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J & J Gibberish: Cops and Autistics

J & J Gibberish: Cops and Autistics

One mother's weekly journey in raising her special needs children. 


So, anyone with a special needs kids at one point or another has probably had a situation where cops have been contacted about your kid’s meltdowns or activities.  It is almost a rite of passage.

What is really impressive is how cops can respond to a situation.   We have had one or two incidents that are quite funny (will spare you the details) and what was great was how the cops were fantastic.  In the end, all they cared about was that Jacob was safe, which of course he was.  But I was with him.

I do wonder what will happen when (and I think it is a when not if)  my son melts down in public and a parent or friend  is not around and a cop is faced with an out-of-control kid.  In fairness, there can be a lack of understanding of an autistic person’s behaviour.  There was a great book called The Curious Incident of the Dog in the Night-Time that touched on it.  A kid was found holding a dead dog and the cops assumed he killed it when it was the opposite.  He was mourning and trying to help the dog  and a whole lot of misunderstanding resulted and altercations with the law.  (Sad but good book and good play if you can see it).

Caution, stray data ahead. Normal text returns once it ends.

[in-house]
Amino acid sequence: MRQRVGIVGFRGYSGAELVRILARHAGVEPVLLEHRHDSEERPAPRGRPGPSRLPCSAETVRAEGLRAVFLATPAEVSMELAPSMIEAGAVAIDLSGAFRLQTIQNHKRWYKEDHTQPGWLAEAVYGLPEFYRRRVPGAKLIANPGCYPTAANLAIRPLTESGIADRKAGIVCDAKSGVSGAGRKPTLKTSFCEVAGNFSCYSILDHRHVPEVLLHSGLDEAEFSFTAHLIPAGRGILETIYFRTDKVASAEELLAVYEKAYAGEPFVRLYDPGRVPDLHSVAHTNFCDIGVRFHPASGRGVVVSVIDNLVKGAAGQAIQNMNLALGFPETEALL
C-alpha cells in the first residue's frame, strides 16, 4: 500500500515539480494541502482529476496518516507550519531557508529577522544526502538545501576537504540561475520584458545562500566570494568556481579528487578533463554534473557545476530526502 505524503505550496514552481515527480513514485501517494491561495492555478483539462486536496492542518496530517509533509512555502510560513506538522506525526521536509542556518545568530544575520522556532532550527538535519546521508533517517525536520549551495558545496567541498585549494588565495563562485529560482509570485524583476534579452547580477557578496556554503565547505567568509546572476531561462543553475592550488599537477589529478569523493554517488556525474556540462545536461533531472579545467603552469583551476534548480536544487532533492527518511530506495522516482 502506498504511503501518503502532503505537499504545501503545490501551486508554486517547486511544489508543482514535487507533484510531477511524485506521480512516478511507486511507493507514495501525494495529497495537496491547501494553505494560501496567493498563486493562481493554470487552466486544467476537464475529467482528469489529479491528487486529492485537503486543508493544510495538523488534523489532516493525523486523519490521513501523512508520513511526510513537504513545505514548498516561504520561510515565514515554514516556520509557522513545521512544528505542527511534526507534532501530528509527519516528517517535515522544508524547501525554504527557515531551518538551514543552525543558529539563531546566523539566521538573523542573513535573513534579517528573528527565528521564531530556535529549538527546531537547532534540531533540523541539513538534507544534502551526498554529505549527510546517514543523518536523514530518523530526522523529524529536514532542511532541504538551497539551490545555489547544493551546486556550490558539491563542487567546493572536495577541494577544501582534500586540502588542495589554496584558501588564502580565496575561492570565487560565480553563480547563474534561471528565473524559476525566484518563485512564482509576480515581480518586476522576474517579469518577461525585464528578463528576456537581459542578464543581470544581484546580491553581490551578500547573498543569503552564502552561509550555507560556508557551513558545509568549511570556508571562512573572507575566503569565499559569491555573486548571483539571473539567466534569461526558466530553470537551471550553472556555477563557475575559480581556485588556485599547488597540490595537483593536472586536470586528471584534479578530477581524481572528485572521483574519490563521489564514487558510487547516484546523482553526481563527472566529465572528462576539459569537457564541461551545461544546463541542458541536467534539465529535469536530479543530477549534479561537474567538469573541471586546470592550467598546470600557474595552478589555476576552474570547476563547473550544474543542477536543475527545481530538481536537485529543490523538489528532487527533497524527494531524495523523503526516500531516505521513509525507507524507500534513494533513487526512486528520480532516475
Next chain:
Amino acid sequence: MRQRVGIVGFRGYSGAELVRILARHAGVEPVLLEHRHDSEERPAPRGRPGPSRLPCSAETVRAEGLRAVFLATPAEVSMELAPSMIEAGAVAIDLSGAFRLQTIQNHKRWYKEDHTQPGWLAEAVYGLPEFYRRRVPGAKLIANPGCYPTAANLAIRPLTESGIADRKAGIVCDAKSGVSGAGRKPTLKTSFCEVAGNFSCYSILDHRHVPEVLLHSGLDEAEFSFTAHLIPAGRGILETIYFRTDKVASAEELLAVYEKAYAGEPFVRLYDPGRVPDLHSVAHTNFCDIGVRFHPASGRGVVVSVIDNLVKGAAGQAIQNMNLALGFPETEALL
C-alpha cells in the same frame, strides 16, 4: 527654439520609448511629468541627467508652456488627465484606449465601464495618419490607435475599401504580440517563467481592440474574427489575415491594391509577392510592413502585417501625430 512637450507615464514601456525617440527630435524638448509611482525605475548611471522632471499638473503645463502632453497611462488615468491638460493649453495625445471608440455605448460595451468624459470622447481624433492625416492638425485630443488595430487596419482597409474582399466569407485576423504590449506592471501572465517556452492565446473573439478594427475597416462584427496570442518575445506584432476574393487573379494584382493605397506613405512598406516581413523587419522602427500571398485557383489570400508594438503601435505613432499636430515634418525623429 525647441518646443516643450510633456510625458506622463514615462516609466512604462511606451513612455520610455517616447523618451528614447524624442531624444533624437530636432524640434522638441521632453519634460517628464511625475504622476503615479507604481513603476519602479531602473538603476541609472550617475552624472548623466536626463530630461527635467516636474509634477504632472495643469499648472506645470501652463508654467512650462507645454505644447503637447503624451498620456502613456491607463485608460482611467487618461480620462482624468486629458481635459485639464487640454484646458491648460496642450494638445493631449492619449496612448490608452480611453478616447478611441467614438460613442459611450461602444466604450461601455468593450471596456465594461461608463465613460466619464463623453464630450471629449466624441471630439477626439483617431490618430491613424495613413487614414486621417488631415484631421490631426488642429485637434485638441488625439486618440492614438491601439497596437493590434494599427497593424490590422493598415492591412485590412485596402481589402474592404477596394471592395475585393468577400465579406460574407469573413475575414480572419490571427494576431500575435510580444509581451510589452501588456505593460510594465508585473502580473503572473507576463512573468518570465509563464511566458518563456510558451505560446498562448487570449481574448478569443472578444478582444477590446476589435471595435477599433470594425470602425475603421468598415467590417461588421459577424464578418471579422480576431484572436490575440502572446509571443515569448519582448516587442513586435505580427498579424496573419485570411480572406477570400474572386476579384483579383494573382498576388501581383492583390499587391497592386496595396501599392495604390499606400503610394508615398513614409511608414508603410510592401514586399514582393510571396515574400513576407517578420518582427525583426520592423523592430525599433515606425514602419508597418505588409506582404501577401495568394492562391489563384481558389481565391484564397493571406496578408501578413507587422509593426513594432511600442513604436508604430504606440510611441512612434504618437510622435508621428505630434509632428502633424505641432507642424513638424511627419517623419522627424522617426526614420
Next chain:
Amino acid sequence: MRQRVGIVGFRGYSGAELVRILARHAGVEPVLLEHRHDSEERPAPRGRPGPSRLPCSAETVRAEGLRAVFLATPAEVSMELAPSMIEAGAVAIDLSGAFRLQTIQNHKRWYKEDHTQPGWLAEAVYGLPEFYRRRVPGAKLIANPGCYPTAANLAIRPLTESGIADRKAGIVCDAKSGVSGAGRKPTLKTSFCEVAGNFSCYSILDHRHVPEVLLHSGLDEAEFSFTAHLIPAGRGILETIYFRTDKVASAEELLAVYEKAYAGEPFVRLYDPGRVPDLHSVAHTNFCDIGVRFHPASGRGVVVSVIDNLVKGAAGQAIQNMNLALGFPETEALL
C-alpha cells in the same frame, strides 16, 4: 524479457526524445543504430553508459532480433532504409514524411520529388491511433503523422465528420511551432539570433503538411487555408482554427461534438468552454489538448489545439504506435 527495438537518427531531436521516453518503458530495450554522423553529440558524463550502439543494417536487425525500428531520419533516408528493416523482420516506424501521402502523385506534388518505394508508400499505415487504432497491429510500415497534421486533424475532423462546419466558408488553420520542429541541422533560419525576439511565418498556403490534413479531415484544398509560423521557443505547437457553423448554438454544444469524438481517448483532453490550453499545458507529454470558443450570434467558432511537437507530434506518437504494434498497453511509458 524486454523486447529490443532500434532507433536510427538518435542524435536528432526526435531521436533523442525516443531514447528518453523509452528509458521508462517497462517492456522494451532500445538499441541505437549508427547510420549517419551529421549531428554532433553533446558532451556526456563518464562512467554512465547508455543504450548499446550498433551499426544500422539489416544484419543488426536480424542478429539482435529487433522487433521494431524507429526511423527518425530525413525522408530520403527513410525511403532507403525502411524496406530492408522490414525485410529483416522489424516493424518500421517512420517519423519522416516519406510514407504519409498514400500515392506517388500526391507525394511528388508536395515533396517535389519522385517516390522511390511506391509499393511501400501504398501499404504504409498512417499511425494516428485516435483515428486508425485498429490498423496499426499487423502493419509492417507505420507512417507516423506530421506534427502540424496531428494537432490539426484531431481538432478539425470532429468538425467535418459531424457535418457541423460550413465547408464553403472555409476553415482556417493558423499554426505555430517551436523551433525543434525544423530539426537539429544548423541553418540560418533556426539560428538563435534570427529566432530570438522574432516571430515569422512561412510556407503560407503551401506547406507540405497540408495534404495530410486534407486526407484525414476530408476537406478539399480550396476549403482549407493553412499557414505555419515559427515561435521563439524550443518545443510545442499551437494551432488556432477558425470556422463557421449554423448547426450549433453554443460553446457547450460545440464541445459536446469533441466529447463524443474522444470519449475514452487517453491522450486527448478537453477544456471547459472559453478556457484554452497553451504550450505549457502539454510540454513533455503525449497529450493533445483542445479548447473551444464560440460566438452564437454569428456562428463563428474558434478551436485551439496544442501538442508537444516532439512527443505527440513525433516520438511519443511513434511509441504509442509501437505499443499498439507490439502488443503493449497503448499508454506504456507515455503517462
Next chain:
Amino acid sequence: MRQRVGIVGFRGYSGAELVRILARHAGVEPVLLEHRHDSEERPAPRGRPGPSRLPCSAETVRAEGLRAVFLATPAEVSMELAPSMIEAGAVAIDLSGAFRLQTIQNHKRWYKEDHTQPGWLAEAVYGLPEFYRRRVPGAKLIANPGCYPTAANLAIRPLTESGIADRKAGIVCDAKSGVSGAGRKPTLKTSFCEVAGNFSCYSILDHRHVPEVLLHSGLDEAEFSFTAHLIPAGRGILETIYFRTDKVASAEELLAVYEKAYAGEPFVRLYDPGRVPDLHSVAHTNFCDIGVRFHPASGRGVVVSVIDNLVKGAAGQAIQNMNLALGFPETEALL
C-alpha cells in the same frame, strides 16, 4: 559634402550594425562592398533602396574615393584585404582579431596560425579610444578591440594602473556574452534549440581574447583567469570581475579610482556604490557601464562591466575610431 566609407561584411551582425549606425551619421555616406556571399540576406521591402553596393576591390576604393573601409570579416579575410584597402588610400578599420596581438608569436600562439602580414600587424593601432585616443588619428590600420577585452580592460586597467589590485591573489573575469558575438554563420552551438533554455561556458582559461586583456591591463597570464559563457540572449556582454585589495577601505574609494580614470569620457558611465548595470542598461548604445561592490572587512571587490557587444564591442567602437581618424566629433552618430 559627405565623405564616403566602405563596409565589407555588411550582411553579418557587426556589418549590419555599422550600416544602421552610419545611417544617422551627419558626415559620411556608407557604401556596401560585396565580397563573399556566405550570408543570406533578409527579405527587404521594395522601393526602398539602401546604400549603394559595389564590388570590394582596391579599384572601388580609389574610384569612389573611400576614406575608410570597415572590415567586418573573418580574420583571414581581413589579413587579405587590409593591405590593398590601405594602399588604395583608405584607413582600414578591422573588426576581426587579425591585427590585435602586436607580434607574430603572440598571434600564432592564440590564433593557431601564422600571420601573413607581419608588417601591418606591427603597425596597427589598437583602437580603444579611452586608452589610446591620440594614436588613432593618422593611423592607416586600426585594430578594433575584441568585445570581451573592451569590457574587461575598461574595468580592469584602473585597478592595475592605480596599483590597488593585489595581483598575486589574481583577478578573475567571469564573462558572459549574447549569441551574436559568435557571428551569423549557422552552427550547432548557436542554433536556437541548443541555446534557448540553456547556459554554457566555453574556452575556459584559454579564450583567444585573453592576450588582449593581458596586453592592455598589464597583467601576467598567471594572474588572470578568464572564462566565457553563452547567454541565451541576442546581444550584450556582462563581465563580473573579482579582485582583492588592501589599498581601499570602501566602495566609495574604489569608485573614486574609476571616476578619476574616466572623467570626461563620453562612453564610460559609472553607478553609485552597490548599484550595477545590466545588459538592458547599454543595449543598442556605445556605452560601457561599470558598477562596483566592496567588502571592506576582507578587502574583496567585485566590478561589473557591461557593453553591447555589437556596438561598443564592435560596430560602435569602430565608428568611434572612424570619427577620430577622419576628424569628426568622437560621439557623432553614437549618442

It is every autistic kid’s parents’ nightmare.

Then I was talking with Kimberly Waara, Autism Ontario Ottawa Chapter Development Coordinator and she told me about a new initiative that everyone with a special needs person in their life should know about. 

So get this, there is a Registry for People with Autism.  It is a program in partnership with the Ottawa Chapter of Autism Ontario and the Ottawa Police Services.

The goal of the program is to promote communication and give police quick access to critical information about a registered individual in the case of an emergency situation or contact with police.

Registry can provide police with emergency contact information, detailed physical descriptions, known routines, favourite attractions or special needs of the individual with Autism Spectrum Disorder (ASD). This information can assist officers in communicating with, attending a residence of or dealing with an emergency involving an individual with ASD.

Although the program is titled Autism Registry, the Police are accepting registrations from other individuals where it would be beneficial to have the information prior to any interactions with police.Anyone wishing to register a dependent child or adult, can email to DunlopJ@ottawapolice.ca.

I, for one am really happy to learn about this program.  What a helpful tool.  Makes me feel a bit better.  Well done Autism Ontario Ottawa Chapter and Ottawa Police Services.